Field of Creams

Getting to the bottom of rugby scrums.

To the armchair quarterback, English rugby looks no more organized than a childhood game of Smear the Queer: One guy runs with the ball, everyone else tackles him. The Eastern Suburbs Rugby Football Club, which will host its 7's in the Snow tournament on Saturday, may not entirely disagree, but the game does have rules and points.

"When you tackle me, you're supposed to get up off me and make an attempt to get the ball," explains Matt "Jocko" Pinchak, who will captain the men's team at the tournament. "If you lay on the guy you just tackled, the referee's going to give the ball to the other side."

Pinchak does admit, however, that it's "pretty much a free-for-all. The object of the game is ball possession. When you got the ball, you're all on your own."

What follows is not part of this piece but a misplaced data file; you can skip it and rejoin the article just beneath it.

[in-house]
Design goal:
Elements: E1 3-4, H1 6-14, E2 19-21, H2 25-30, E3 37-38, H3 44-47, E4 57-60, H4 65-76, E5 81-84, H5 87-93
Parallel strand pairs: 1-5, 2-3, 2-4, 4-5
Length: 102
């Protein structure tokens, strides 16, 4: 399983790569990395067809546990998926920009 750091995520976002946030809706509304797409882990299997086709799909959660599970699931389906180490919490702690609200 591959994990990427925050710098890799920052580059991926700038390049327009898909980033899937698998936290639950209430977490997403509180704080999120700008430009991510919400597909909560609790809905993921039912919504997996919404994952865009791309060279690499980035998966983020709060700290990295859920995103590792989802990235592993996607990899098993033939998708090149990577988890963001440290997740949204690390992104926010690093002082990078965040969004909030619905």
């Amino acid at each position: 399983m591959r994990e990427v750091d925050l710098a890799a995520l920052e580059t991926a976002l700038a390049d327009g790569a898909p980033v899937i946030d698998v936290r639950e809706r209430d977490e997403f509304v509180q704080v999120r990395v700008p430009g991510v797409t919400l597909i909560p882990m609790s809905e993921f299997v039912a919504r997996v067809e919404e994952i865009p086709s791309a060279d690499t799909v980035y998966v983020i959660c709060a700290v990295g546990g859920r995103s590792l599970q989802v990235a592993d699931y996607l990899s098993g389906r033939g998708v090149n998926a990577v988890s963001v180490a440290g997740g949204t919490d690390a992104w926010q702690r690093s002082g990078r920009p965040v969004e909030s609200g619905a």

The ESRFC was founded in 1964 as the Cleveland Rugby Club, almost 150 years after the sport was invented at Rugby Boys School in England. In 1998, the club inexplicably changed names after it merged with the West Side Rovers -- a story the sports pages somehow missed.

"It's kind of hard to generate interest," Pinchak admits, though last year the 7's in the Snow fielded 15 teams of seven players each. And he claims the club's tournaments usually have a good spectator turnout. "Everybody thinks they're Joe He-Man; then they come out for one practice, and the running aspect of it kills them. In rugby, you just keep going. If you get hurt, you better get your ass up off the field, because the ball will change direction and people will trample you."

Which isn't to say the sport is only for men the size of compact cars. The ESRFC also has a women's team, which plays by the same rules as the men. "People think that you've got to be huge to play rugby," Pinchak says. "Some of the best players I know are under 190 pounds. They're pretty much fleet of foot."

And he who runs, wins.